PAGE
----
My first experience with a pesto-style dish was in my Greek grandmother’s house. Yia Yia prepared every family member’s favorite dish and my father’s was skordalia, the traditional Greek garlic sauce. As a child in Crete, where almonds are plentiful and full of flavor, her mother taught her the art of the dish; she learned to prepare the skordalia by pounding garlic, almonds and olive oil with a mortar and pestle. We always knew when we walked into her home that she had prepared the skordalia because of the heavy garlic smell in the air. It seemed to stay in our mouths for days and even crept out of our pores as garlic-tinged sweat. Over the years, my dad was the only one adventurous enough to indulge, which he would do on a Friday so he could return to work on Monday with minimal effect.
The Italian word pesto is often used to describe a combination of ground garlic, basil and pine nuts, although the preparation method of grinding ingredients into a paste is universal and cross-cultural. Ever since man discovered how to grind and pound food products with stone and wood, this method has been employed in traditional cuisines around the world to create sauces, condiments, bases and pastes which enhance flavor profiles. Every culture put their stamp on the method with the common denominator being a mortar and pestle or grinding stone and it is a superb way to add a savory and flavorful edge to a dish without frying or grilling.
A Sicilian version is pesto rosso which substitutes almonds for pine nuts and adds tomatoes with less basil. In Mediterranean France, a cold sauce made from garlic, basil and olive oil is the base for the much-acclaimed pistou soup in Provence.
In India, I watched cooks deftly handle a flat grindstone with a rectangular pestle to create intensely flavored mint chutneys, robust masala pastes and pesto-like fillings for a variety of breads and savories. The grinding stones would absorb the right amount of moisture and unique flavors would be developed by the grinding action. I was so enamored by the amazing quality of these preparations that I carried two of these heavy stones home on a flight.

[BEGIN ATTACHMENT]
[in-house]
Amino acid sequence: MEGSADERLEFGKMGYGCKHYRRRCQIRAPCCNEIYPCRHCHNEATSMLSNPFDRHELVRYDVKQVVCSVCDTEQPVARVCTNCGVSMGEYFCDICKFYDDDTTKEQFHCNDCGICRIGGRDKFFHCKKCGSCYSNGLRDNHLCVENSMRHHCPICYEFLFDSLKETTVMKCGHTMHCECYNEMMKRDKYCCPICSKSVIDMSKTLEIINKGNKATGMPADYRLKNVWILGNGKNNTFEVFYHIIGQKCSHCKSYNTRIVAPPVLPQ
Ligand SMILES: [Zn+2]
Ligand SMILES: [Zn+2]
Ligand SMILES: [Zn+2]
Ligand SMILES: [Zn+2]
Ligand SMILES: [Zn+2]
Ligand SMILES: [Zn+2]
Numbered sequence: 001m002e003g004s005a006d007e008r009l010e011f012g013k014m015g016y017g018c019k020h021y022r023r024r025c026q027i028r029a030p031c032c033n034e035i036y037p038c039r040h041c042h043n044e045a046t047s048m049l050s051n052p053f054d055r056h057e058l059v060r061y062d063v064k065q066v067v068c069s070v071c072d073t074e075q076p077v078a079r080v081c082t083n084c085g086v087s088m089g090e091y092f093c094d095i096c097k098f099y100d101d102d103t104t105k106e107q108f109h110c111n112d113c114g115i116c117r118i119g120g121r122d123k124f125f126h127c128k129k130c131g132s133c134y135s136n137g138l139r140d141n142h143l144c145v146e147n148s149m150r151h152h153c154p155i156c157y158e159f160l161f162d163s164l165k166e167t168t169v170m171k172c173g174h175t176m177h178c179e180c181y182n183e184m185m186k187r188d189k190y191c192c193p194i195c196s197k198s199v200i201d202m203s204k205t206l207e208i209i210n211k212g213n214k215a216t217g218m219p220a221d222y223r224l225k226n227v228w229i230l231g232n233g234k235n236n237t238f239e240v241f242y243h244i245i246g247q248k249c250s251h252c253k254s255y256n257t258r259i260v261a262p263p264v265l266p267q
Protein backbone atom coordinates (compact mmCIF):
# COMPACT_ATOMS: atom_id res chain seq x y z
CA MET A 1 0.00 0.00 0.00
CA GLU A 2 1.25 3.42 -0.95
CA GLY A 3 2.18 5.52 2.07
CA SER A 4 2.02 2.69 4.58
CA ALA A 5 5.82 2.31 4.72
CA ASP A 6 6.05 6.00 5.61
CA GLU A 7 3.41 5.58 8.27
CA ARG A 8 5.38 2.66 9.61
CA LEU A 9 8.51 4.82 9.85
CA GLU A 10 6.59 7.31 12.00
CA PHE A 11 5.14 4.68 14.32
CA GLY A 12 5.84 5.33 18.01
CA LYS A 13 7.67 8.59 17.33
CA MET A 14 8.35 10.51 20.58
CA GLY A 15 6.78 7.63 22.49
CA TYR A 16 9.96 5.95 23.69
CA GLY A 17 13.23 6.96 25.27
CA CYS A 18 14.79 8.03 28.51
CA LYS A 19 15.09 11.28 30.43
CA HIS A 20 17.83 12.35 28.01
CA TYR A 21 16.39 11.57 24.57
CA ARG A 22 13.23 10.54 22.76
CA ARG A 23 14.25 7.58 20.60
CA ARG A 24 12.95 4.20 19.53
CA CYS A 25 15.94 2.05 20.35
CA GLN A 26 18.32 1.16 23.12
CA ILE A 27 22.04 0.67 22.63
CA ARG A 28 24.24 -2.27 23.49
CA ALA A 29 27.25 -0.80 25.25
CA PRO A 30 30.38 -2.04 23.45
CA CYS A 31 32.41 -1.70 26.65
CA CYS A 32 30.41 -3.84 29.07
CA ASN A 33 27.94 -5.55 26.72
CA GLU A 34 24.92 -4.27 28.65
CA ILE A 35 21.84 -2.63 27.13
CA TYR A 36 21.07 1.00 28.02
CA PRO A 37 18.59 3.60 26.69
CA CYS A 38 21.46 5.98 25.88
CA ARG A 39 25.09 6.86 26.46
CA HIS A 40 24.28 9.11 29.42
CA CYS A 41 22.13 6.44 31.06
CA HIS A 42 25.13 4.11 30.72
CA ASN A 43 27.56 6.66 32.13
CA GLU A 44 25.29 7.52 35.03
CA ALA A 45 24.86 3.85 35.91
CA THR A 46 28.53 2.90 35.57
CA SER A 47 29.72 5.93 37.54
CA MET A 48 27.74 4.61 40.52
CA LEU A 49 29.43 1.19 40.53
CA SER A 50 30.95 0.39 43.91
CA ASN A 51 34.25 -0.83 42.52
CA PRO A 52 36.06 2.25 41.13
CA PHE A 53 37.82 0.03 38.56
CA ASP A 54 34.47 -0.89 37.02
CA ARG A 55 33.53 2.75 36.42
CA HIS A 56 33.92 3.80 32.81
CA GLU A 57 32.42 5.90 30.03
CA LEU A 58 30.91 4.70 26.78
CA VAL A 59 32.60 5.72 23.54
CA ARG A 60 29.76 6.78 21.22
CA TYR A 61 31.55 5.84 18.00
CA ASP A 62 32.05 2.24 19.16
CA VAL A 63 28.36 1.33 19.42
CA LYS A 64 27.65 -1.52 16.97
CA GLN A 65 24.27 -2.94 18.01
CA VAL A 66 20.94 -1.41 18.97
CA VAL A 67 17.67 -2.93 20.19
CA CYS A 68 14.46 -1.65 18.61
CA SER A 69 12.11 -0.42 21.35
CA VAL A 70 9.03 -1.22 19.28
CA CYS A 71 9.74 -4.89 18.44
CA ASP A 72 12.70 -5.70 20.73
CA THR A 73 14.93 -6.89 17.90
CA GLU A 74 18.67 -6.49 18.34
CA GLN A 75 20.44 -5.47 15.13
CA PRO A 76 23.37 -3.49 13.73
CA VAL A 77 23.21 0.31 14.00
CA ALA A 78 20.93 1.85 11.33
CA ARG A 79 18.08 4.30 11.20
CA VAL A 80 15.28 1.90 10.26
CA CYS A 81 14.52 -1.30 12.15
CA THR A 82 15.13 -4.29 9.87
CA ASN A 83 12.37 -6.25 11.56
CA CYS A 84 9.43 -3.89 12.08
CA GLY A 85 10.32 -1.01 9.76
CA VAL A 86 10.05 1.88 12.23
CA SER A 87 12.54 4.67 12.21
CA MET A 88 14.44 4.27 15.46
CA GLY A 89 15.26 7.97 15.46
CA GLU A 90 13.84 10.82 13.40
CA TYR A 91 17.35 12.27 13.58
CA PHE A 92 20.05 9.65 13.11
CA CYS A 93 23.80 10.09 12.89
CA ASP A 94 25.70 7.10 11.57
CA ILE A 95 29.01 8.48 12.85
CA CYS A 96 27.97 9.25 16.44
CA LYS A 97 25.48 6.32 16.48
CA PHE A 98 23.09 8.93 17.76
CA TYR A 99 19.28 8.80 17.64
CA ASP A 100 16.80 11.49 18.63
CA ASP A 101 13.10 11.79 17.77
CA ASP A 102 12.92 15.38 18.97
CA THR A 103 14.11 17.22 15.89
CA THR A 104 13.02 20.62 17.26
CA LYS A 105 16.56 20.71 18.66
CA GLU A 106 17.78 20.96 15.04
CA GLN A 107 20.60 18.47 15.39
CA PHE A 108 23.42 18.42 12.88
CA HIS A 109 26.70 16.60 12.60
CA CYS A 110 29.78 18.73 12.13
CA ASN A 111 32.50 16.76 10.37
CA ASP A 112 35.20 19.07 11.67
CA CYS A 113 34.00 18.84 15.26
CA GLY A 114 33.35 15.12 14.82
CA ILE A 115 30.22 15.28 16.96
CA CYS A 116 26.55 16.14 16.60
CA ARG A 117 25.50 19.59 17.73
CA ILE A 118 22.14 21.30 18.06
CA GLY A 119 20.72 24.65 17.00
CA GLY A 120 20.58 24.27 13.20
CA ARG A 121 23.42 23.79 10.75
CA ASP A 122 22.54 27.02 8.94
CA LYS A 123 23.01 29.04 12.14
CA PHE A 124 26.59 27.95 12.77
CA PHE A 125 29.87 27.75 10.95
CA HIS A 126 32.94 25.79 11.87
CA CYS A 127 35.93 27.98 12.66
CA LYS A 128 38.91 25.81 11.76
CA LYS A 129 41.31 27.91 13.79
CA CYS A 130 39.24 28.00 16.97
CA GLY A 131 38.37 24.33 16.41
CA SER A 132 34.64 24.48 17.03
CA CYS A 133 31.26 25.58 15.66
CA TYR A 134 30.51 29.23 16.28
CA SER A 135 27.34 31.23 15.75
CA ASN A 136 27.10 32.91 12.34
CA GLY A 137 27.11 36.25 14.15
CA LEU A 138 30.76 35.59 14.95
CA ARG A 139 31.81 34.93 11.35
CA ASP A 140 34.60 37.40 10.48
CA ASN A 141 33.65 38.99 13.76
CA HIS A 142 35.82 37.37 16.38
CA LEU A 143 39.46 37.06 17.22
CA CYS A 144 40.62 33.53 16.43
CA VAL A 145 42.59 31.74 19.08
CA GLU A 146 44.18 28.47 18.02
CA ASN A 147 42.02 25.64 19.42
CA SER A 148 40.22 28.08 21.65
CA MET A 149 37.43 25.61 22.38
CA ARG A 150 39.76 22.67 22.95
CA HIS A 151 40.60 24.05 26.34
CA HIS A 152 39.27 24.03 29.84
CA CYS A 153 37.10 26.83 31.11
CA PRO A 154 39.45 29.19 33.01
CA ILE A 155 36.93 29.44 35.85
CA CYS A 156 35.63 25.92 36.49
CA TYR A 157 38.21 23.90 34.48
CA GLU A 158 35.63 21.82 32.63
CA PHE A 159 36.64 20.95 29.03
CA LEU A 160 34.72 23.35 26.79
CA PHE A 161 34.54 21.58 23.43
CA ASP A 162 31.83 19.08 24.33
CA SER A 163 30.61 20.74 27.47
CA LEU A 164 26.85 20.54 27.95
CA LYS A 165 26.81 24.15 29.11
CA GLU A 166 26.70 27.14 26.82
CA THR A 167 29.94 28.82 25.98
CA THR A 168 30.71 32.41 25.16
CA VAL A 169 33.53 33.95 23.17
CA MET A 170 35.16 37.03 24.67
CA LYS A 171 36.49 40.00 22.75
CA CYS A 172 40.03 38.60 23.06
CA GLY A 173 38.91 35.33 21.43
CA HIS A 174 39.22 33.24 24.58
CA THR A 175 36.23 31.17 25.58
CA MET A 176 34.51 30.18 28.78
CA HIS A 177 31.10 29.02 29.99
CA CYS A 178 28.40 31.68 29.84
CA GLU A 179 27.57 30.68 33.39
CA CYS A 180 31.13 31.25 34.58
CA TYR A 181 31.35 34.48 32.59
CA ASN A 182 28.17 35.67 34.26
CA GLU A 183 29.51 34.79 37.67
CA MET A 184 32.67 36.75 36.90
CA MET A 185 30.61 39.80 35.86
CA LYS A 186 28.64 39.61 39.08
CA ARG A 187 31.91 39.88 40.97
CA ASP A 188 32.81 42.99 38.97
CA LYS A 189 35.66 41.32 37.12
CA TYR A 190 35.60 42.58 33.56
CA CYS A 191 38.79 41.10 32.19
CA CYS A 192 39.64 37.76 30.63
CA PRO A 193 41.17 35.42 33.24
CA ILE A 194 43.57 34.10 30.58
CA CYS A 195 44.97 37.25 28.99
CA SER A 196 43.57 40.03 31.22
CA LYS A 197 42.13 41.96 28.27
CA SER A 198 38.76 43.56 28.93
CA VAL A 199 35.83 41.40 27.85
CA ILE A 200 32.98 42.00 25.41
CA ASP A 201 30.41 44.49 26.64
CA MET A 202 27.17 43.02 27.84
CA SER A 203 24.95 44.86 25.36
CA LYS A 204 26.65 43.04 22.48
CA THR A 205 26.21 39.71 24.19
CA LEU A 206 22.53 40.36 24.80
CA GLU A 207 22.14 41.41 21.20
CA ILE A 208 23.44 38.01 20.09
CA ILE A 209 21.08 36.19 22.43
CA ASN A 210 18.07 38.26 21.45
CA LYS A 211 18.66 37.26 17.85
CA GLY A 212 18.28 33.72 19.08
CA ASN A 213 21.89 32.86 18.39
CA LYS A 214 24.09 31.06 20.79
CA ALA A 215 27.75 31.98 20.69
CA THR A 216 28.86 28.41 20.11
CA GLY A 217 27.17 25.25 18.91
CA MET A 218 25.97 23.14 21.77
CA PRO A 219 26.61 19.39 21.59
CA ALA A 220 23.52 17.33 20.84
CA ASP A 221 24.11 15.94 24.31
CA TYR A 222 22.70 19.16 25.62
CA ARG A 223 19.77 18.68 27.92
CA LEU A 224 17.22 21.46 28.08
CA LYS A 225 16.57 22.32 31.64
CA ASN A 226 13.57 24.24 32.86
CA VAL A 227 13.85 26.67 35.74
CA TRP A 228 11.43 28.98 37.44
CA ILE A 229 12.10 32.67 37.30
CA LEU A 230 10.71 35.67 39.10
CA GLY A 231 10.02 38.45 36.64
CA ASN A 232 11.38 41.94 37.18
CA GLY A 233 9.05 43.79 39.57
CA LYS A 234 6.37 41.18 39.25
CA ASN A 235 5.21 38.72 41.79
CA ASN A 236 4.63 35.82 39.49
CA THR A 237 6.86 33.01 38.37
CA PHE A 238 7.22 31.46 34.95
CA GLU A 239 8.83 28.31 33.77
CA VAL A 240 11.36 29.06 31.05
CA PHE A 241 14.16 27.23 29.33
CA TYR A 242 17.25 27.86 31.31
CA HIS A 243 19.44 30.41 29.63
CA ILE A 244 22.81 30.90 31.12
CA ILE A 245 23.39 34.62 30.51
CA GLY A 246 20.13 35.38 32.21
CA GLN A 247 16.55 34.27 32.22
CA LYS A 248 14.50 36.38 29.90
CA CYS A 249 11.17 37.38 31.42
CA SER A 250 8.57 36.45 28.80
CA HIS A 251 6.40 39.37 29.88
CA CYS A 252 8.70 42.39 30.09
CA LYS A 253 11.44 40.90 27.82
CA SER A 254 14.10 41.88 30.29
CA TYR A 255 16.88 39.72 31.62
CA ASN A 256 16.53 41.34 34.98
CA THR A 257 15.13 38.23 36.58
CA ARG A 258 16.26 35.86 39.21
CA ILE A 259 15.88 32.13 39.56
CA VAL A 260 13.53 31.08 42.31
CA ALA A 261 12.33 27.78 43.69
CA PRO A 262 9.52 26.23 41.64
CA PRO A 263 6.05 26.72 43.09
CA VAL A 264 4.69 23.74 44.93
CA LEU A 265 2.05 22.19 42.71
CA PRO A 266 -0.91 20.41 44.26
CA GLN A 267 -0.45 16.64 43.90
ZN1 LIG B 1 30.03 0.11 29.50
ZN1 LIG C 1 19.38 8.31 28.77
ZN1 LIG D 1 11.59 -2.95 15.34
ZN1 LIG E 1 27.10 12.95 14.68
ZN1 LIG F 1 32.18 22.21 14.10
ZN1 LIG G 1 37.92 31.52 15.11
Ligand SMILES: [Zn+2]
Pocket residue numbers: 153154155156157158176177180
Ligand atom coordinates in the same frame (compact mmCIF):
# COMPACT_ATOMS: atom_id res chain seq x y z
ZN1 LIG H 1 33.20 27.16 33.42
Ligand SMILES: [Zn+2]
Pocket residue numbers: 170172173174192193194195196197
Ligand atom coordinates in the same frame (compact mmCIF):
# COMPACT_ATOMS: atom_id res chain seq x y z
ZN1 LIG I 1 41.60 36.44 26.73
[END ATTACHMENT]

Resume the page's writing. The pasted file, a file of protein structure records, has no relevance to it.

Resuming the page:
Central and South American cuisines have a long history of grinding spices, pastes and mole bases using a metate or mealing stone. Chimichurri sauce is one of the well known sauces to use this method. One can imagine my pesto recipe being made on a metate grindstone in an adobe kitchen a hundred years ago. Nutty toasted pepitas with crushed garlic, freshly squeezed lime juice, brightly flavored cilantro and smokey fire-roasted poblano chiles provocatively meld together to create an explosion of flavor in any dish that it is served with. I particularly like it as a foil to corn dishes and often pair it with Quinoa-Corn Arepas and Chocolate Cherry Salsa from my cookbook Vegetarian Traditions. The bright flavor of the pesto is the perfect companion to the natural sweetness of the corn and deep, dark anti-oxidant-rich salsa.
Today, I often make pesto with a food processor, which is a compromise for the sake of modern efficiency. However, if you have a metate, or mortar & pestle and a little extra time, I encourage you to use it–not just for the earthly connection and romance of hand-working one’s food, but also for the flavor.
This easy-to-prepare recipe works well in sandwiches, as a mezzes-style dip, a quesadilla filling or a layer in a tortilla casserole.
Pepita & Fire Roasted Poblano Pesto
1/2 cup pepitas, toasted
1 cup cilantro leaves, chopped
1 1/2 tablespoons fresh lime juice
2 teaspoons olive oil
1/2 teaspoon garlic, minced
1/4 teaspoon sea salt
1 poblano chile, fire roasted, stemmed and seeded
In a food processor, grind pepitas to a meal, add all pesto ingredients and pulse to a coarse consistency. Store in an air-tight container and keep refrigerated.
Throughout human history the best foods have been local. Regions, cities, towns and villages would have their own specialties with differences in climate and soil creating subtleties in food, often sought after for the rare experience. The current slow food movement embraced by chefs the world over, also recognizes these subtleties and strives to preserve the culinary heritage of unique indigenous foods. In addition, the new movement toward creating local small farm suppliers for goods originally from other areas is encouraged. With globalization, people take their cultures everywhere and their food can follow them in the form of seeds and nearby craftsmanship. This is not a new story. The ancient Silk Road was the first historically notable and documented large scale exchange of goods with trade between Asia (India and China) and the Greeks and Romans. Sugar reached Europe in small quantities as a food for the elite along with spices and cooking technologies. At the same time in the Americas, corn made its way up from South to North America as well as a robust trade in shells, feathers and other sacred goods, eventually spreading throughout the Americas. The age of exploration, particularly the 15th and 16th centuries, changed local food forever.